Put Yourself in My Shoes by Charles E. May

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byJournal of the Short Story in
English
46  (Spring 2006)
Special issue: Raymond Carver

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Charles E. May

Putting yourself in the shoes of
Raymond Carver
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Electronic reference
Charles E. May, « Putting yourself in the shoes of Raymond Carver », Journal of the Short Story in English [Online], 46 | Spring 2006, Online since 01 mars 2006, Connection on 15 juin 2012. URL : /index488.html Publisher: Presses universitaires d'Angers

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Putting yourself in the shoes of Raymond Carver

Charles E. May

Putting yourself in the shoes of Raymond
Carver
: p. 31-42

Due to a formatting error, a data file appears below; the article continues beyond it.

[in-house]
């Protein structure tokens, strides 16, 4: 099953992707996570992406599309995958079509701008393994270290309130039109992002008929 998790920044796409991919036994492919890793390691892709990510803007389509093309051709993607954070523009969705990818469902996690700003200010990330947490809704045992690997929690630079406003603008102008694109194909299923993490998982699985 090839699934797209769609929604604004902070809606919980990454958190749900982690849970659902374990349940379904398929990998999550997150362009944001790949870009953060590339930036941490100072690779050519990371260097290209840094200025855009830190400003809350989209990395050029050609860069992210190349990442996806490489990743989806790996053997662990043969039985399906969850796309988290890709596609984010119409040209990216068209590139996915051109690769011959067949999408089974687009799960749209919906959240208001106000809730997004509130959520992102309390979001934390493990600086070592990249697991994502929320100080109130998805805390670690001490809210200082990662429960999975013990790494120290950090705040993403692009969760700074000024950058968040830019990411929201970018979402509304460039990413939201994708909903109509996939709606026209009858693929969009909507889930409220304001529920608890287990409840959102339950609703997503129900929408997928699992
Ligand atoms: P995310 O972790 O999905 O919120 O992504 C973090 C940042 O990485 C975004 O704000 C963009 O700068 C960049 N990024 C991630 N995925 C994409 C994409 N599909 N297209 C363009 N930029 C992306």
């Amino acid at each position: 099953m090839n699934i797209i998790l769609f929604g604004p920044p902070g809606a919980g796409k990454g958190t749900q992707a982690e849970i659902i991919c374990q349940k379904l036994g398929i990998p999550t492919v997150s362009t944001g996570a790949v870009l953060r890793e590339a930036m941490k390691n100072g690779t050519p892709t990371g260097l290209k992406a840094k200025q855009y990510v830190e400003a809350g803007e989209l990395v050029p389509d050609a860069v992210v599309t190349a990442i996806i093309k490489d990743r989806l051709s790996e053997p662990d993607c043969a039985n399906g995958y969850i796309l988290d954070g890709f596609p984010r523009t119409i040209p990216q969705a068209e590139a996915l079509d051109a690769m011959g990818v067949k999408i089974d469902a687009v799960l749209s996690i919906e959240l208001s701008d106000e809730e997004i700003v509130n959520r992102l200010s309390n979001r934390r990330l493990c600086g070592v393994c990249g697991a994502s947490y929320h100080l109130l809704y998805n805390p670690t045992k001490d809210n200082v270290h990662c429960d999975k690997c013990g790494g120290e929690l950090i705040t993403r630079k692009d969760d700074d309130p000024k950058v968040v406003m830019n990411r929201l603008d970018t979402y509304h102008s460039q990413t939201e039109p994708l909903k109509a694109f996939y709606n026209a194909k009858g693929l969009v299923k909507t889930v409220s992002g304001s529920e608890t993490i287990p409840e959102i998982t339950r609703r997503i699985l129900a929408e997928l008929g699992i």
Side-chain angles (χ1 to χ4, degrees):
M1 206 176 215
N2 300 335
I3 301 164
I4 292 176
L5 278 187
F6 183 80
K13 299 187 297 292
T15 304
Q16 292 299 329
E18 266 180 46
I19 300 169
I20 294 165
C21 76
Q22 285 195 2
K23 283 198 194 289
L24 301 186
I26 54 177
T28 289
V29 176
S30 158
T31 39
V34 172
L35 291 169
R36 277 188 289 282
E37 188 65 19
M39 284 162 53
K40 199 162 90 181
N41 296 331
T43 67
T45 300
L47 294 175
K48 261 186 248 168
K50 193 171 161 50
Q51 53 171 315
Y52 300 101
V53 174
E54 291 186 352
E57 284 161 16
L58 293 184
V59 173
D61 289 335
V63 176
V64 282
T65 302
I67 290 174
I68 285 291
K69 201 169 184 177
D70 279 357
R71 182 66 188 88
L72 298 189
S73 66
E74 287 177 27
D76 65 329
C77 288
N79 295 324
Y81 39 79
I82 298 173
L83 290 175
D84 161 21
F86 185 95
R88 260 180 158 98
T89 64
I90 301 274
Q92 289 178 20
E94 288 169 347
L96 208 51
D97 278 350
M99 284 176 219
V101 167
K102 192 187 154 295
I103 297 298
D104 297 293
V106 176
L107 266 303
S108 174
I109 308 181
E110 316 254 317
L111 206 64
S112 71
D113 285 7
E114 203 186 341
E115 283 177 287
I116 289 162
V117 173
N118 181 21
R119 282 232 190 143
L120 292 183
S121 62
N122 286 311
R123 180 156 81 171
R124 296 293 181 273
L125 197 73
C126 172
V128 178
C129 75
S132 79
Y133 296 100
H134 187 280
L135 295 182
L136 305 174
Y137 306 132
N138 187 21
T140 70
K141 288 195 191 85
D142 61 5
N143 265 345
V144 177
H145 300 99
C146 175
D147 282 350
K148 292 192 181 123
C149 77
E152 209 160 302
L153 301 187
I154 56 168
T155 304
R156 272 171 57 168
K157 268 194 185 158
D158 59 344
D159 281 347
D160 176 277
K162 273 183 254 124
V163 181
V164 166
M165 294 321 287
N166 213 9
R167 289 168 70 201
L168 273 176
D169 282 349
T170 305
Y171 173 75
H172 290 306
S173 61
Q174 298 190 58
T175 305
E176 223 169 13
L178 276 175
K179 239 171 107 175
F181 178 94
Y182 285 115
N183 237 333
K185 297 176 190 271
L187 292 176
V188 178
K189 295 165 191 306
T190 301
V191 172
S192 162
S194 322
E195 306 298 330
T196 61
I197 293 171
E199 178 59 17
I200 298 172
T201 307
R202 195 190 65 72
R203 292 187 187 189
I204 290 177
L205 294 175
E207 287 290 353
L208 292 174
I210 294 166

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There is usually no mystery about the identity of personal pronouns in the titles of Raymond Carver’s stories. The “you” in “Why Don’t You Dance,” and the “I” in “I Could See the Smallest Things” have clear references to characters in the stories. Even the generalized “We” in “What We Talk About When We Talk About Love” is based on a specific group of characters. However, in “Put Yourself in My Shoes,” neither the “you” in “Yourself” nor the “I” in “My” refers to anyone in the story. The only reference to the title in the text is uttered by the character Mr. Morgan, who, after relating an anecdote about a colleague’s affair with a student, says to Myers, a character identified as a writer: “Put yourself in the shoes of that eighteen-year-old coed who fell in love with a married man. Think about her for a moment, and then you see the possibilities for your story.” Lacking any other possible referent, the title seems to be a direct address by which Carver asks the reader to identify with him. This identification is further suggested by Carver’s response to an interviewer’s question about “Put Yourself in My Shoes”: “I think every young writer is cautioned about writing a story about a writer…. But then every writer goes ahead and writes at least one story about a writer, and that’s my story about a writer” (Conversations 61). Like most authors, Carver insists that his stories are always a mixture of “a little autobiography and a lot of imagination” (Conversations 137). The “little autobiography” component of “Put Yourself in...
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